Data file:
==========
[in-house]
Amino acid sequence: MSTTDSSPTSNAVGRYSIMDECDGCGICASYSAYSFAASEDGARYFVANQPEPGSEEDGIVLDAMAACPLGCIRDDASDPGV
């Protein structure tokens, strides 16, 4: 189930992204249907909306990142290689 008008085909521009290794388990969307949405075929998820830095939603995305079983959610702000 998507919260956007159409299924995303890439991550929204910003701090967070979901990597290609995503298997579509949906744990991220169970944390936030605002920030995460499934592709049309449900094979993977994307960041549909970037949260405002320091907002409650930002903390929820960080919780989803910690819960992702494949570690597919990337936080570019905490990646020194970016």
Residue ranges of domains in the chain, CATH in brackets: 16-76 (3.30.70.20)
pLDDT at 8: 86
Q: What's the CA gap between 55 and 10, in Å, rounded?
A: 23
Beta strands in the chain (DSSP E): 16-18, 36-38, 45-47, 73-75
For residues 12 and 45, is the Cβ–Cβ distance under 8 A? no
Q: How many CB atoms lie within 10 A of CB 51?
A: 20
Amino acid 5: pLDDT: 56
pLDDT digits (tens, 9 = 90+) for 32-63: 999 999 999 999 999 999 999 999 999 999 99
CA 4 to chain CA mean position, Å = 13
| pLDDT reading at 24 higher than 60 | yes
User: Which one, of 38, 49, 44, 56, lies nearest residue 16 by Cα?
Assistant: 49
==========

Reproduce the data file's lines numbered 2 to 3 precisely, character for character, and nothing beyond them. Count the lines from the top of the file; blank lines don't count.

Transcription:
Amino acid sequence: MSTTDSSPTSNAVGRYSIMDECDGCGICASYSAYSFAASEDGARYFVANQPEPGSEEDGIVLDAMAACPLGCIRDDASDPGV
């Protein structure tokens, strides 16, 4: 189930992204249907909306990142290689 008008085909521009290794388990969307949405075929998820830095939603995305079983959610702000 998507919260956007159409299924995303890439991550929204910003701090967070979901990597290609995503298997579509949906744990991220169970944390936030605002920030995460499934592709049309449900094979993977994307960041549909970037949260405002320091907002409650930002903390929820960080919780989803910690819960992702494949570690597919990337936080570019905490990646020194970016």